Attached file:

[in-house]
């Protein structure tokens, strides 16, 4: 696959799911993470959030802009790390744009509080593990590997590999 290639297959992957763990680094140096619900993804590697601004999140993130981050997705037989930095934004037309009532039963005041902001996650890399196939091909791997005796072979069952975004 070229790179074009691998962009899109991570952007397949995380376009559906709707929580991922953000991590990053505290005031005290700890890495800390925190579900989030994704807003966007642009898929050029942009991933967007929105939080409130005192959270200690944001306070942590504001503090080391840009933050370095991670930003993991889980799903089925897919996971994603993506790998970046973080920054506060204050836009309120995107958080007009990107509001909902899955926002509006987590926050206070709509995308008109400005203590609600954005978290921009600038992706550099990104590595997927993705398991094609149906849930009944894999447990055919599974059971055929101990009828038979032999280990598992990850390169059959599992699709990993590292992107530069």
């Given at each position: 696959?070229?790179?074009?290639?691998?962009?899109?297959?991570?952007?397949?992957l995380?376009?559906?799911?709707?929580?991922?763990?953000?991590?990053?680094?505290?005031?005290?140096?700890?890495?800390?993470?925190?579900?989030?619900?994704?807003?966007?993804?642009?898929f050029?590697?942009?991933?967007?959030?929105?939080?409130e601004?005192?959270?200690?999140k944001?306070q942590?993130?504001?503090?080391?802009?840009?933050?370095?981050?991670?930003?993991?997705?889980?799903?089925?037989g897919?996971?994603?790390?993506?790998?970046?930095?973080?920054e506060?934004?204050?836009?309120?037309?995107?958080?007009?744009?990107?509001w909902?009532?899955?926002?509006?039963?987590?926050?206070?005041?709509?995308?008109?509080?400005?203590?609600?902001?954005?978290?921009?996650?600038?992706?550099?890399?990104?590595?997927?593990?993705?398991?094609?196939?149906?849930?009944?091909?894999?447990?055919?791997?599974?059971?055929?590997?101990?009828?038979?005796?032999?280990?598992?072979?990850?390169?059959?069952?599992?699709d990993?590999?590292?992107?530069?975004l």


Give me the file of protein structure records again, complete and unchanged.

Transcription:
[in-house]
């Protein structure tokens, strides 16, 4: 696959799911993470959030802009790390744009509080593990590997590999 290639297959992957763990680094140096619900993804590697601004999140993130981050997705037989930095934004037309009532039963005041902001996650890399196939091909791997005796072979069952975004 070229790179074009691998962009899109991570952007397949995380376009559906709707929580991922953000991590990053505290005031005290700890890495800390925190579900989030994704807003966007642009898929050029942009991933967007929105939080409130005192959270200690944001306070942590504001503090080391840009933050370095991670930003993991889980799903089925897919996971994603993506790998970046973080920054506060204050836009309120995107958080007009990107509001909902899955926002509006987590926050206070709509995308008109400005203590609600954005978290921009600038992706550099990104590595997927993705398991094609149906849930009944894999447990055919599974059971055929101990009828038979032999280990598992990850390169059959599992699709990993590292992107530069």
């Given at each position: 696959?070229?790179?074009?290639?691998?962009?899109?297959?991570?952007?397949?992957l995380?376009?559906?799911?709707?929580?991922?763990?953000?991590?990053?680094?505290?005031?005290?140096?700890?890495?800390?993470?925190?579900?989030?619900?994704?807003?966007?993804?642009?898929f050029?590697?942009?991933?967007?959030?929105?939080?409130e601004?005192?959270?200690?999140k944001?306070q942590?993130?504001?503090?080391?802009?840009?933050?370095?981050?991670?930003?993991?997705?889980?799903?089925?037989g897919?996971?994603?790390?993506?790998?970046?930095?973080?920054e506060?934004?204050?836009?309120?037309?995107?958080?007009?744009?990107?509001w909902?009532?899955?926002?509006?039963?987590?926050?206070?005041?709509?995308?008109?509080?400005?203590?609600?902001?954005?978290?921009?996650?600038?992706?550099?890399?990104?590595?997927?593990?993705?398991?094609?196939?149906?849930?009944?091909?894999?447990?055919?791997?599974?059971?055929?590997?101990?009828?038979?005796?032999?280990?598992?072979?990850?390169?059959?069952?599992?699709d990993?590999?590292?992107?530069?975004l």